State Senate President Stephen Sweeney, a Democrat, is the latest to weigh in on Myers, The Star-Ledger of Newark reported. Sweeney said Wednesday that leaders "must be held to a higher standard."
"As the days go on, it becomes clearer and clearer that Archbishop Myers cannot remain in his position," Sweeney said.
While politicians are usually reluctant to criticize the Catholic Church, Sweeney is the fourth state senator to urge Myers to step down. Similar calls have come from advocates for abused children.
The Bergen County prosecutor's office is investigating the circumstances under which the Rev. Michael Fugee was allowed to work with children. Fugee, accused of groping a teenage boy, avoided retrial on abuse charges in 2007 by signing an agreement that he would not be involved in children's ministry or have one-on-one contact with minors.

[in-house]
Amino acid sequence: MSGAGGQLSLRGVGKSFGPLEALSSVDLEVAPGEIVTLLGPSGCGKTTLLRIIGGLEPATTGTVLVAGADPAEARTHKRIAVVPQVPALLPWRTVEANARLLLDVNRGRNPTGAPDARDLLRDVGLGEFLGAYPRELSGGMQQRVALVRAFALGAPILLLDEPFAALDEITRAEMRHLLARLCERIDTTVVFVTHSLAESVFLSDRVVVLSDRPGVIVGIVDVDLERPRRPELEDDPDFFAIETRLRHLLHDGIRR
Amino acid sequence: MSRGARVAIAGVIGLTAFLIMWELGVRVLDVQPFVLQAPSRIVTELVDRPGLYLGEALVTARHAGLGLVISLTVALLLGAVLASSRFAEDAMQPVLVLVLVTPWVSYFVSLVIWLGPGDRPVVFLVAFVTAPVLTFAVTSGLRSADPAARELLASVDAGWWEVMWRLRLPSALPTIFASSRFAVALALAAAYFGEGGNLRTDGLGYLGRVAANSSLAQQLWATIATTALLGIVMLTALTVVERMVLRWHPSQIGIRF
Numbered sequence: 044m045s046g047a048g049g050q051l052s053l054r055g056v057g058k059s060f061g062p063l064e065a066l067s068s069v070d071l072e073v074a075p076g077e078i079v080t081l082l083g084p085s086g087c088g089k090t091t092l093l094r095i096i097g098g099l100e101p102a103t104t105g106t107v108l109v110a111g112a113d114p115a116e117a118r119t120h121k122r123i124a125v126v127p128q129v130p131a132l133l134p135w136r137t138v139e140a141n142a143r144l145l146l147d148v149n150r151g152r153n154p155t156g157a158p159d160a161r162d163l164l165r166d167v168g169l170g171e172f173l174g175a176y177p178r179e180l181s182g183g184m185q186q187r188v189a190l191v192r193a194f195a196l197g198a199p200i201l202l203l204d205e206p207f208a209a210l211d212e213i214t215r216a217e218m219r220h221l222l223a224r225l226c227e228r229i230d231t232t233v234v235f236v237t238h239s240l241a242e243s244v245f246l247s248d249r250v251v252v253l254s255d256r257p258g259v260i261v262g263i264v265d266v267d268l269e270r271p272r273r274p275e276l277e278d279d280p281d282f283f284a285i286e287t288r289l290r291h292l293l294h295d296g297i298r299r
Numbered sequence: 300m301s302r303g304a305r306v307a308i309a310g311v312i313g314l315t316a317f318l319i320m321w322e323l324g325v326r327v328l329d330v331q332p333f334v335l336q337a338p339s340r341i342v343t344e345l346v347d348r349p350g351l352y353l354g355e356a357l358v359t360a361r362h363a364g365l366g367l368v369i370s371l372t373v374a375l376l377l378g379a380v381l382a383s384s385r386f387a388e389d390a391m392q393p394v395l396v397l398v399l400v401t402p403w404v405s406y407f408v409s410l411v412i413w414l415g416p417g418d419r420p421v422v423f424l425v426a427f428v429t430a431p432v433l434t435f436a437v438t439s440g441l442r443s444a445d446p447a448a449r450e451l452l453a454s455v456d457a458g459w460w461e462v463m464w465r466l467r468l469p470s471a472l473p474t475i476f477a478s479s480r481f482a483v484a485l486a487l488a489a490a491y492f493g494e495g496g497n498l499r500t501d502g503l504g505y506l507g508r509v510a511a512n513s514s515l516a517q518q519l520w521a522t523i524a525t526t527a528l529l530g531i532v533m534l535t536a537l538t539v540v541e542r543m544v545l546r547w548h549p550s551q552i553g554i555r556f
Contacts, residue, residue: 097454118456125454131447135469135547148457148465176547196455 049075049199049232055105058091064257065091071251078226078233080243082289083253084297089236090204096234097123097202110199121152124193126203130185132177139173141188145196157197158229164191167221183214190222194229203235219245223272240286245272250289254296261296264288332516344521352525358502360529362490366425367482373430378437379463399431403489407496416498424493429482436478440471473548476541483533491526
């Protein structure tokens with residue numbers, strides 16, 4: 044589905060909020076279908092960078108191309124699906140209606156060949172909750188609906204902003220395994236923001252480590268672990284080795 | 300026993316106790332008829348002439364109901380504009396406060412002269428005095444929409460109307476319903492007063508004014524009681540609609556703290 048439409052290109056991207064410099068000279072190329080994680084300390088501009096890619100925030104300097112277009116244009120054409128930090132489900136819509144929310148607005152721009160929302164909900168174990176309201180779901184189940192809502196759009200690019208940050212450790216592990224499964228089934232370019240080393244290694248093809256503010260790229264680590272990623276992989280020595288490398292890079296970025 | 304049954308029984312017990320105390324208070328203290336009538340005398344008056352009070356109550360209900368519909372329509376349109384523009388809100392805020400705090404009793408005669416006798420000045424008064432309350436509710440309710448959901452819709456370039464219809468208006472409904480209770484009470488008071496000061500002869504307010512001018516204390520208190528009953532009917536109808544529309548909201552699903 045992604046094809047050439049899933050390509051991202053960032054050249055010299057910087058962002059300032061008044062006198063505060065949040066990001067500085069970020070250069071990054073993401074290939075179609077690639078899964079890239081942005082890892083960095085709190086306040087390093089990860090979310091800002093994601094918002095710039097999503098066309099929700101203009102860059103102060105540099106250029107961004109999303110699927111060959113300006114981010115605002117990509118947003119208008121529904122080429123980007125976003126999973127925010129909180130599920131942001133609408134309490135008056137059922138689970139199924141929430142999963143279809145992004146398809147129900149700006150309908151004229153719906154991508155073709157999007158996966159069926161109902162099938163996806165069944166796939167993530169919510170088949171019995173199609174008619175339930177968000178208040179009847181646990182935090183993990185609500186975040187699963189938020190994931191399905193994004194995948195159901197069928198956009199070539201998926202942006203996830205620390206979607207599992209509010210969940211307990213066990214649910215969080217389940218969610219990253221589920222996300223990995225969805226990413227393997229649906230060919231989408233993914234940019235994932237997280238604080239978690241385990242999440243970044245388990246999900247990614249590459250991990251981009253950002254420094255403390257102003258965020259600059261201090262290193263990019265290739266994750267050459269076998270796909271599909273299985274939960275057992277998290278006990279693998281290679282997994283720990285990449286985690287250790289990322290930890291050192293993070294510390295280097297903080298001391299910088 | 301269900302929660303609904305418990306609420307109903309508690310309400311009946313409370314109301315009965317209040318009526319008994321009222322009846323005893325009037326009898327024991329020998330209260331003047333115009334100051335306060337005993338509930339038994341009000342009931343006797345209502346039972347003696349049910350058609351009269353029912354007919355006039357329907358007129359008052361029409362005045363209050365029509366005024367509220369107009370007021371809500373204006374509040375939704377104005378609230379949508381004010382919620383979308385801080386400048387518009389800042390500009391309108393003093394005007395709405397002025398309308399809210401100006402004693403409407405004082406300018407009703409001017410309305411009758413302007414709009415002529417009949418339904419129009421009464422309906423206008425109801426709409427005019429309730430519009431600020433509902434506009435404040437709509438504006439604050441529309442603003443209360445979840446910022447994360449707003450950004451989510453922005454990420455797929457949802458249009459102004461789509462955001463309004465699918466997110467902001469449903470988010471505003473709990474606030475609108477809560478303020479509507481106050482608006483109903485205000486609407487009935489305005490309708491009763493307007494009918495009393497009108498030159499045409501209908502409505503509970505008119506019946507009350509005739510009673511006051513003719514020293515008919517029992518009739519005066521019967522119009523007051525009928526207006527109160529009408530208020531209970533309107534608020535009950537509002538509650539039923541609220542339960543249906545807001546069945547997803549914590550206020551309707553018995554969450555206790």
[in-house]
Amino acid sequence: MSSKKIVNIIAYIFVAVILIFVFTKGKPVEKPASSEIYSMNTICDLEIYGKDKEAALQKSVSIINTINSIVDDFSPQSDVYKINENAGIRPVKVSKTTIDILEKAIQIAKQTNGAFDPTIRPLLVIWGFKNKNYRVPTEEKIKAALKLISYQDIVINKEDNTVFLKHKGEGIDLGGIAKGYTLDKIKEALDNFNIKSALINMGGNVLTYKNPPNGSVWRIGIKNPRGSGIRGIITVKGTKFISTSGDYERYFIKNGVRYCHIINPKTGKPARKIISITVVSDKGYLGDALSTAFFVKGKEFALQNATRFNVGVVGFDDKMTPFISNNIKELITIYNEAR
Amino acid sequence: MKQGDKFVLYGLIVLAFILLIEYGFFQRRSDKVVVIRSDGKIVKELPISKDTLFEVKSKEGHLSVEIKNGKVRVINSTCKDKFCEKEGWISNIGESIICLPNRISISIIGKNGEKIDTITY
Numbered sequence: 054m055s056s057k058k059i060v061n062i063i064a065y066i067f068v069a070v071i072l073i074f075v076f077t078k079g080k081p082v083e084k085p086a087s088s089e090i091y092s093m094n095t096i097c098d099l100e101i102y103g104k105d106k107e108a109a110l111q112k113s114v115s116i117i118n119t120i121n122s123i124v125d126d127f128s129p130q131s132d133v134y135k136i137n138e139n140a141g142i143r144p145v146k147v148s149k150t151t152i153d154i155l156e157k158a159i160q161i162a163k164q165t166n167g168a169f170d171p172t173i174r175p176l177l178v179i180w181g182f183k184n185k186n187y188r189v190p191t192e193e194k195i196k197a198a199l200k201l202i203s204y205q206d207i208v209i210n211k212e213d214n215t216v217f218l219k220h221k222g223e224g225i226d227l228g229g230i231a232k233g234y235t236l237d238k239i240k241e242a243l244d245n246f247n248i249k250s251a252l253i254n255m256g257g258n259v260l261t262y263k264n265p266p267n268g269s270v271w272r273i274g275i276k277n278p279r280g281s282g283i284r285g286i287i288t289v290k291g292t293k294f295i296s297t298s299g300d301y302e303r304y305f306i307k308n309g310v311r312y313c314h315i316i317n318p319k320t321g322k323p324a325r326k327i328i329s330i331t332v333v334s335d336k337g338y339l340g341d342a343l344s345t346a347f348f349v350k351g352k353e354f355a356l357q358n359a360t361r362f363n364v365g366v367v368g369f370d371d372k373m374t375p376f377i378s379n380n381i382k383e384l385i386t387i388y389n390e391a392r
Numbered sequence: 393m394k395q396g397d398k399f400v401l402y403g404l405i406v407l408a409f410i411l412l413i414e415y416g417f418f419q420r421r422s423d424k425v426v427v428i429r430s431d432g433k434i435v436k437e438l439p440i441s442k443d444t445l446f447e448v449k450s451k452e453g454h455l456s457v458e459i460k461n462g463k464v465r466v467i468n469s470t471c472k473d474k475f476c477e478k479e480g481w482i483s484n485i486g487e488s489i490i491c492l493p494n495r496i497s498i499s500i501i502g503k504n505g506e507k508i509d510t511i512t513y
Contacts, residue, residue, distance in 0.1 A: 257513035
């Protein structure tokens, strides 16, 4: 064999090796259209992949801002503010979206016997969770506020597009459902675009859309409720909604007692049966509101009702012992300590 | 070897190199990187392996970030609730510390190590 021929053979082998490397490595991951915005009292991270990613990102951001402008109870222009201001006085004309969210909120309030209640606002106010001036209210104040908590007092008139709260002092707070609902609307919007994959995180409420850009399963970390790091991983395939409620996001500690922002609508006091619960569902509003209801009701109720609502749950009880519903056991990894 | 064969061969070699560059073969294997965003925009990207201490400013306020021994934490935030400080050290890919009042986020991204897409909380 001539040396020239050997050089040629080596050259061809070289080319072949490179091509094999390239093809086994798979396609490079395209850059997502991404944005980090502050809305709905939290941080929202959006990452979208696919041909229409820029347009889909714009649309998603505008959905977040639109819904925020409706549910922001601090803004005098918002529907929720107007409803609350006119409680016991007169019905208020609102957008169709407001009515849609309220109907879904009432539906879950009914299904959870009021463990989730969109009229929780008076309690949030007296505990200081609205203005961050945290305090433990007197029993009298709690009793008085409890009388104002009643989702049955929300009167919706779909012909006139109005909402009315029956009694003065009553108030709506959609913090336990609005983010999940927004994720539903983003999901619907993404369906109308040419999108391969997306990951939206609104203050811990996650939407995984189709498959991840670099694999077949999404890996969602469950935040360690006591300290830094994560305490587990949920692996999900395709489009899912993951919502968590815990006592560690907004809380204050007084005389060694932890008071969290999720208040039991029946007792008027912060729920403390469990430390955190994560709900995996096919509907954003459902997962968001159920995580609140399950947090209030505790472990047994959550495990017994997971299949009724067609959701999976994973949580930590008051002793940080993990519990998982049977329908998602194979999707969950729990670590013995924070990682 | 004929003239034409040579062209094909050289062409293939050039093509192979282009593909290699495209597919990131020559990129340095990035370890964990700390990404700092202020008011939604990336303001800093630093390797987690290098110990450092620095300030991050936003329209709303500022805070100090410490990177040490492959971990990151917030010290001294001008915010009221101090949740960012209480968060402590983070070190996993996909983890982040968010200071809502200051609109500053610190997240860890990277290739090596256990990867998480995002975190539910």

The Star-Ledger, in its own investigation of Fugee, found he had been working with children at St. Mary's in Colts Neck, N.J., which is in the diocese of Trenton, and at Holy Family in Nutley, which is part of the diocese of Newark.
Fugee resigned from the ministry last week. Jim Goodness, a spokesman for Myers, said the archbishop did not realize Fugee was working with children.
The pastor and two lay youth ministers at St. Mary's have resigned.